The Riots of Stonewall Inn and the Rise of LGBTQ+ Activism | Teen Ink

The Riots of Stonewall Inn and the Rise of LGBTQ+ Activism

February 2, 2021
By keine_ahnung SILVER, Omaha, Nebraska
keine_ahnung SILVER, Omaha, Nebraska
6 articles 0 photos 1 comment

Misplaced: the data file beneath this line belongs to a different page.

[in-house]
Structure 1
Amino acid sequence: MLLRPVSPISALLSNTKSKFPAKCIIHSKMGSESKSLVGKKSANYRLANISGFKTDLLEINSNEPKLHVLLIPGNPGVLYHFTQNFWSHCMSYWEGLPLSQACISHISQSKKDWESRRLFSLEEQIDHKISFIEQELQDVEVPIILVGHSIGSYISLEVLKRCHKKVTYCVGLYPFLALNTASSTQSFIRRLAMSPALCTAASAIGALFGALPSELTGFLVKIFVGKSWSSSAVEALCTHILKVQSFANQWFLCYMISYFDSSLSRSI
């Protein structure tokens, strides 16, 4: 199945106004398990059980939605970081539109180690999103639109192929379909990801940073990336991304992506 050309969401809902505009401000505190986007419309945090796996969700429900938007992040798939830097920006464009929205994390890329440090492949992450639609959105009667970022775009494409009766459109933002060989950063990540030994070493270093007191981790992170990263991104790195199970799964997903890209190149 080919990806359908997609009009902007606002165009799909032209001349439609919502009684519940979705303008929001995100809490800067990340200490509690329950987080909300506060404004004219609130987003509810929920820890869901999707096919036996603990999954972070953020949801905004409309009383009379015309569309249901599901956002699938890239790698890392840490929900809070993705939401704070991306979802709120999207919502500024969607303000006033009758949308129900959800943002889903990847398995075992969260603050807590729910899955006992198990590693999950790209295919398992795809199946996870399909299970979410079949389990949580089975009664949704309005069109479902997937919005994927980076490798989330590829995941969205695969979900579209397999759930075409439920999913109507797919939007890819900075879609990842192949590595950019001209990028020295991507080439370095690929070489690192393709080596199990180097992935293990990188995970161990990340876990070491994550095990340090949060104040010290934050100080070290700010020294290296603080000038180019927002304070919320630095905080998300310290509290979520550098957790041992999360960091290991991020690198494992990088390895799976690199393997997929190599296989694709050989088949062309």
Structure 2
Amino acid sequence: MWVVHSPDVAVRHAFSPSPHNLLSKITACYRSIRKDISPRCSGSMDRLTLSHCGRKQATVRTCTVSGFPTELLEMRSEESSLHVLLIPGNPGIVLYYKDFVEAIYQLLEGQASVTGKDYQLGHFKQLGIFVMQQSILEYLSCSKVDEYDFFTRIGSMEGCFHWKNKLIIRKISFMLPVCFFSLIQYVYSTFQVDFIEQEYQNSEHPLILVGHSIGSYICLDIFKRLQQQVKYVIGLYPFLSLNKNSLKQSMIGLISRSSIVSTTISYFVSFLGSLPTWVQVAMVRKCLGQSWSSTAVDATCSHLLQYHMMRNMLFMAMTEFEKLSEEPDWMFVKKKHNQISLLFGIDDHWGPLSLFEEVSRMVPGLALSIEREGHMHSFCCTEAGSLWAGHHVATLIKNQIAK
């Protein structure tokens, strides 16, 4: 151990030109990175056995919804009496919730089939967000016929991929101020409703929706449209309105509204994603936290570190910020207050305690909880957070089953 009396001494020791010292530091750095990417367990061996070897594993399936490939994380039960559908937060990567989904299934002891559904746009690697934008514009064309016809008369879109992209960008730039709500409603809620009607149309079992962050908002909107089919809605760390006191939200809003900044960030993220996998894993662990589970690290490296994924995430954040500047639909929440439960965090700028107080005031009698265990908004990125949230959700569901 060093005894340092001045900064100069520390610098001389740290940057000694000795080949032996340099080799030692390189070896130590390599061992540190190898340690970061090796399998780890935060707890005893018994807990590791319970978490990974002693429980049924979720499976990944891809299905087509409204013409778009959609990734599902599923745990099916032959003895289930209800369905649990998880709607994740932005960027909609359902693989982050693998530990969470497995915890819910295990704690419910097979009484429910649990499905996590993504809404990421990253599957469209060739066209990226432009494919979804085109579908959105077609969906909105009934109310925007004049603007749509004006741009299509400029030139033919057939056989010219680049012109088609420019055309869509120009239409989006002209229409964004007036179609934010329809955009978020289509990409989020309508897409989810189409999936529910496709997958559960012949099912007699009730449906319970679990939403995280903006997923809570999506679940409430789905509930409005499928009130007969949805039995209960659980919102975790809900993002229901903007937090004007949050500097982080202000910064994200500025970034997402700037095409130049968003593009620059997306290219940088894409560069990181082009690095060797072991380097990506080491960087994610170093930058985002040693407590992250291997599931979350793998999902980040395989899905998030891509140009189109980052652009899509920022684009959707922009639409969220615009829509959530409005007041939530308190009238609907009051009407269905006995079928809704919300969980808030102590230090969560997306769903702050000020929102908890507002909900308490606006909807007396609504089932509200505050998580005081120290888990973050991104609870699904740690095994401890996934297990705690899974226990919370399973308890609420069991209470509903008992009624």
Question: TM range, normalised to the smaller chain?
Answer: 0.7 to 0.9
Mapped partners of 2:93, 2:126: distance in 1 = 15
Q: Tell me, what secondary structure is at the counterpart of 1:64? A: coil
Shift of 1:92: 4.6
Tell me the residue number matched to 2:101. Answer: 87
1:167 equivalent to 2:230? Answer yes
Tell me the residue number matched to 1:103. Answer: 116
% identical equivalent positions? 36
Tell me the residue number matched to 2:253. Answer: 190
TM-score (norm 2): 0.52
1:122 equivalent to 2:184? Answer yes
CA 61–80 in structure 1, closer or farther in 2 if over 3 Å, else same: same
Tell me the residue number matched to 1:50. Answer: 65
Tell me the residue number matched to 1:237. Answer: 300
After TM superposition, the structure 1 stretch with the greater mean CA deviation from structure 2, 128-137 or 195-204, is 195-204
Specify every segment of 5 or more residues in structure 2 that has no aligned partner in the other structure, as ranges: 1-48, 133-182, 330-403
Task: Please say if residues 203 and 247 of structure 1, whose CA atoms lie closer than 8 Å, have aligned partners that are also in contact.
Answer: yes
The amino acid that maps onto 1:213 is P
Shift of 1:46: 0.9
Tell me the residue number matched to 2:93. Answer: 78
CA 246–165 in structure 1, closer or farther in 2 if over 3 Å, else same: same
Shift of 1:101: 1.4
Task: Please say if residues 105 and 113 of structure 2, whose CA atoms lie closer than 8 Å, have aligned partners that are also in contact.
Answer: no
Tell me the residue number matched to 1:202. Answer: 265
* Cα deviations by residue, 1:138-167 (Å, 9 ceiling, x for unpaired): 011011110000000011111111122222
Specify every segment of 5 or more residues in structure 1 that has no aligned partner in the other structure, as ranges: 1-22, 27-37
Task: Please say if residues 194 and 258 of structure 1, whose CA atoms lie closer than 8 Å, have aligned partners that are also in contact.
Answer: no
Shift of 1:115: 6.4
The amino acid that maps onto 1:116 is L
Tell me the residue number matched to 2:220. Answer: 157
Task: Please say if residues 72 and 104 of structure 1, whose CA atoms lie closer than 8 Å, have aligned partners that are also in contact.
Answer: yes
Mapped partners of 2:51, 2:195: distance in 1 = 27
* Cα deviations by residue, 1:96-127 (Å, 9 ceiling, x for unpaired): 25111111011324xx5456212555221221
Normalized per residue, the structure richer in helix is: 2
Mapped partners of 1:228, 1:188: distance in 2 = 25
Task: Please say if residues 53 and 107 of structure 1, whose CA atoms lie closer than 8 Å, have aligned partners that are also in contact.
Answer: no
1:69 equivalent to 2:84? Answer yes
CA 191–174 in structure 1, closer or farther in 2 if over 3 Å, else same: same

Could you imagine living in a society where you were legally required to wear a minimum of three clothing items deemed “proper” for your assigned gender?  Being caught in feminine attire could land a male in jail.  A woman wearing a suit could face fines for not dressing in clothing thought to be for women.  Other extreme laws and ideas about gender norms society brought the New York Police to Greenwich Village’s Stonewall Inn during the summer of 1969.  The police force reasoned that the raid was based on suspicion that the bar did not possess a liquor license, yet no one could have imagined the uprising started that morning.  The unexpected raid quickly flipped to a protest, illuminating a need for change in the US, and later became known as the Stonewall Riots.  Change has been achieved in the last fifty-one years following the event, such as shutting down Mafia-run gay bars and creating a Pride Month for the LGBTQ+ community.  The riots at Stonewall Inn led to a revolution of queer activism, beginning in the initial summer of 1969; since the history-making event, decades of positive change in attitude and acceptance have occurred.